Sentence: Herb was office supply guy and had charge of the stock room; however, we knew him as the "suppliesguise" because he'd spend the entire day running back and forth with paper, folders and what not just to make himself look busier than he really was. That wasn't so bad, but when anyone asked him to get supplies for them his response was, "I'm sorry, I'm too busy. You'll have to get it yourself!"

Etymology: supplies: provisions; furnish or equip + guise: an artful or simulated pretense

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Documentality

Created by: Nosila

Pronunciation: dok u men tal it ee

Sentence: Pierre's ruse was to use his documentality to elude real work. He would carry any official-looking folder or paper to make it look like he was on his way to a very important meeting. In fact, he remembered the trick his English classes used about the different words "stationary & stationery". The "ar" one stood for At Rest, as in stationary machinery and the other "er" one stood for the last 2 letters in paper...or in his case "Eternally Roving".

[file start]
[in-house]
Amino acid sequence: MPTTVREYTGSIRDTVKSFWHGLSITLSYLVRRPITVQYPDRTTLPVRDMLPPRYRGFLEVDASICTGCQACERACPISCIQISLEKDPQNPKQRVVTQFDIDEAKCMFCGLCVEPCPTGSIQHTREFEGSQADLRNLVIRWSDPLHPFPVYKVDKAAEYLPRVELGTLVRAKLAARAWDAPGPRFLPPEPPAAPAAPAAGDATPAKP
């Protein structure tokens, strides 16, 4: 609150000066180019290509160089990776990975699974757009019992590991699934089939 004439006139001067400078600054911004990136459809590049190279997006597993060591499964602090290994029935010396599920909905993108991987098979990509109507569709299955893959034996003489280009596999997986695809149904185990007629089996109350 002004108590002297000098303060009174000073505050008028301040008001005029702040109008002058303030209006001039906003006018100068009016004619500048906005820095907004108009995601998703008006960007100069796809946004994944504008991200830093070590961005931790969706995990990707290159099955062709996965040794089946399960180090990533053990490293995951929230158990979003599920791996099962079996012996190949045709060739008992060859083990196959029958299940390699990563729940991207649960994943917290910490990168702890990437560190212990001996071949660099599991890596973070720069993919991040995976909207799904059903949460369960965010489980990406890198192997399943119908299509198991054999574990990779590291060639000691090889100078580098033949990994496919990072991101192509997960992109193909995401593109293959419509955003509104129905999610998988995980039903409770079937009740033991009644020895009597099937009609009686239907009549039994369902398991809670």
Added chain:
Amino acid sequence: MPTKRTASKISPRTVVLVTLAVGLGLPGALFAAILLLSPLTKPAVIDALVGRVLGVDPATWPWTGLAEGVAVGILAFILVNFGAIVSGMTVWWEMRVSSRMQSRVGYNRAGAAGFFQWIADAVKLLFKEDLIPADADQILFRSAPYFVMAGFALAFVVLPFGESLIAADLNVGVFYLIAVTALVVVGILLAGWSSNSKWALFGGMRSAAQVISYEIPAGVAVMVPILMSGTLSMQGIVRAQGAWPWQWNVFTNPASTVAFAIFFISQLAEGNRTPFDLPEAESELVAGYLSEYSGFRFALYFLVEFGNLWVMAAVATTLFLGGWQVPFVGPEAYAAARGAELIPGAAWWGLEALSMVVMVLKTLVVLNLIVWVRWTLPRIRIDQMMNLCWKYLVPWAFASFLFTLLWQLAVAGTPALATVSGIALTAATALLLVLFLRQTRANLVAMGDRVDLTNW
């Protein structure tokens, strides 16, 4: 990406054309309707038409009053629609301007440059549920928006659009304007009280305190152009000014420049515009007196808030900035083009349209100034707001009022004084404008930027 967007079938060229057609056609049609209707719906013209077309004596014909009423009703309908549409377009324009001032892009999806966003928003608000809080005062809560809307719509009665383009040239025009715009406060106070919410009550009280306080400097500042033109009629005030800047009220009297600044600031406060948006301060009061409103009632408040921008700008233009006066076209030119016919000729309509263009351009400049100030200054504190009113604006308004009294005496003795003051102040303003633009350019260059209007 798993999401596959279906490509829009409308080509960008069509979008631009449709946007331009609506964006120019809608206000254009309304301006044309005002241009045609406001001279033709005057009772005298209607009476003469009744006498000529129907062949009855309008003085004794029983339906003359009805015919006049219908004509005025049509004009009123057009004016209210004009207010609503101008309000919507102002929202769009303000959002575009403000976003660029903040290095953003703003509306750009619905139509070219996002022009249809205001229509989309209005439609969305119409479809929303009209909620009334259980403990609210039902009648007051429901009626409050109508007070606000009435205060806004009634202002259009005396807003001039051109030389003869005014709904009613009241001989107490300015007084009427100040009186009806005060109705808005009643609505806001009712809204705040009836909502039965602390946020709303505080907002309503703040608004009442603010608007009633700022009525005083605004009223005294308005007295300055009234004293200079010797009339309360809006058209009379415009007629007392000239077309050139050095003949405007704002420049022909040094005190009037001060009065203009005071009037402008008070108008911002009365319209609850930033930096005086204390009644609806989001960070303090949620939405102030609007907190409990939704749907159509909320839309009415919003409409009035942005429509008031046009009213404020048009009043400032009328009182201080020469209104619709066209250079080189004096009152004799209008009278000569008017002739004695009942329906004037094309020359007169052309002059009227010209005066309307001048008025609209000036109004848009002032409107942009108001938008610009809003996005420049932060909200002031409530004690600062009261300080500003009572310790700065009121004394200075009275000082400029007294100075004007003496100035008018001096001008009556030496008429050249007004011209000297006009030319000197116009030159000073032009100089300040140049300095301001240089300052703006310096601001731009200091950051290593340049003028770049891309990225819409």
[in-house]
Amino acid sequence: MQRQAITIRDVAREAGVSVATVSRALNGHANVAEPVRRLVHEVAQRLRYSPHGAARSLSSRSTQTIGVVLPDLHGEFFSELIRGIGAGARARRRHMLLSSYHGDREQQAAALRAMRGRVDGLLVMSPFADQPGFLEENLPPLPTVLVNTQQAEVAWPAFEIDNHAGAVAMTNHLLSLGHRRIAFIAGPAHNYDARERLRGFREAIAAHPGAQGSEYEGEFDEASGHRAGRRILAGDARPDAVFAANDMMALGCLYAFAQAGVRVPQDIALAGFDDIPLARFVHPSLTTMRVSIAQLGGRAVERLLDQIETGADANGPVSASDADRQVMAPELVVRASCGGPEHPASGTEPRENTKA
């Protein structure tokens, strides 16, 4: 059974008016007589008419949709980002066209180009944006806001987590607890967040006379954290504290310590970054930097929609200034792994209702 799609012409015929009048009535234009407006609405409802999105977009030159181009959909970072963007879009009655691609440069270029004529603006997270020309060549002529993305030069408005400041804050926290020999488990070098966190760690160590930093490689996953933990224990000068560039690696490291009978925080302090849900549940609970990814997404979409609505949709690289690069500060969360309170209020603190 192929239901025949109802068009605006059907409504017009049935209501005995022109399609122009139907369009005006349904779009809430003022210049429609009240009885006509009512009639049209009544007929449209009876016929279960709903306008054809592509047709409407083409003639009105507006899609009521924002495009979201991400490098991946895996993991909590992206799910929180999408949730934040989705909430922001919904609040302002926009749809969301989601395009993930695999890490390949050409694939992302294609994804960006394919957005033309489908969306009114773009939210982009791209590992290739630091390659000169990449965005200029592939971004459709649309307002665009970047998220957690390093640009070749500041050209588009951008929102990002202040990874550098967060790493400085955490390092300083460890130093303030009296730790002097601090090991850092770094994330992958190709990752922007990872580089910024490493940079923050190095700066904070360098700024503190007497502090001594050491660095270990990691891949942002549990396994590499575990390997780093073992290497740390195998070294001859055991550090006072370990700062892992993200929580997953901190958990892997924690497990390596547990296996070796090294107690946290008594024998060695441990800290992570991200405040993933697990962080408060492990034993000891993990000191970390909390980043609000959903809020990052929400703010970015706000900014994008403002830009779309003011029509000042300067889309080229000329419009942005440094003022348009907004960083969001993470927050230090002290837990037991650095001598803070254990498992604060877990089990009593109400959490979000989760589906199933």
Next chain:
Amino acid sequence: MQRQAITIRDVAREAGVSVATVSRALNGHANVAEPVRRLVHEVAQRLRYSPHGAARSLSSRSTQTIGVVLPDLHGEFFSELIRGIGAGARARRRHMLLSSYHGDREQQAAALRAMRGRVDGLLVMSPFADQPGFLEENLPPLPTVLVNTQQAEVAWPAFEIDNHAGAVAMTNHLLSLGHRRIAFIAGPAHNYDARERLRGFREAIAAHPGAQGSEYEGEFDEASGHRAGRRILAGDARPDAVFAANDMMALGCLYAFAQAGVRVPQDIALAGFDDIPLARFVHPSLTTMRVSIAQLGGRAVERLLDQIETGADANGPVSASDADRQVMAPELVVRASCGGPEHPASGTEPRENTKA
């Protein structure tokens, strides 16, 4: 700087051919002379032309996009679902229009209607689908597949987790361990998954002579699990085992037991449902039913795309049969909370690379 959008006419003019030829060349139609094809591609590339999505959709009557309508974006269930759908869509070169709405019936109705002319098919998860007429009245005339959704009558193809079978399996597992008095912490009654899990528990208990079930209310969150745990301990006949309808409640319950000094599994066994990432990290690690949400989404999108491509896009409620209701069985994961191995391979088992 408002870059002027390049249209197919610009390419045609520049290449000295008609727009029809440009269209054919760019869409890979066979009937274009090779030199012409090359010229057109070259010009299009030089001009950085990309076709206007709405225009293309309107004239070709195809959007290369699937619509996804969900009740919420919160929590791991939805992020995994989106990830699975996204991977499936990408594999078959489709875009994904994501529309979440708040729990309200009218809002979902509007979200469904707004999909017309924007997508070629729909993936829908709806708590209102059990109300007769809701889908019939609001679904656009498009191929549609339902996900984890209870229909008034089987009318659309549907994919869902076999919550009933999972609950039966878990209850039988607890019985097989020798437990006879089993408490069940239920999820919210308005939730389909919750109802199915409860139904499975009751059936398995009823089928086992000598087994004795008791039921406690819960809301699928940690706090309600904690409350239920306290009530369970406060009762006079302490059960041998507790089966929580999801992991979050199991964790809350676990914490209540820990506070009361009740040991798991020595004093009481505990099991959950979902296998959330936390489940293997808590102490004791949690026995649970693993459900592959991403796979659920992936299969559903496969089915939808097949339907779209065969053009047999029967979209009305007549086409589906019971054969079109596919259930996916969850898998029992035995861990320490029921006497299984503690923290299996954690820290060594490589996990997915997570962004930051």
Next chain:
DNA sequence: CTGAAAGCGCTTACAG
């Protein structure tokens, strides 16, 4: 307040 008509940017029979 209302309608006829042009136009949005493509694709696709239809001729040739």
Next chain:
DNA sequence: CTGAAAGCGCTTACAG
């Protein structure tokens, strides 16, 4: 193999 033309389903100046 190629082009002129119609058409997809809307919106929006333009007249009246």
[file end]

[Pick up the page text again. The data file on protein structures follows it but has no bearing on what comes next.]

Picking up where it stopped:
Etymology: Document (writing that provides information (especially information of an official nature); anything serving as a representation of a person's thinking by means of symbolic marks) & Mentality (a habitual or characteristic mental attitude that determines how you will interpret and respond to situations; mental ability)

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Propccupied

Created by: ziggy41

Pronunciation: Prop-kyu-pide

Sentence: To avoid obtaining any more work from her boss that day, she used her clever wit to propccupy herself with a dead beatle and a piece of bagel.

Etymology: Prop (an object) + occupied (busy)

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Simulaborig

metrohumanx

Created by: metrohumanx

Pronunciation: SIM-uhl-AY-bore-ig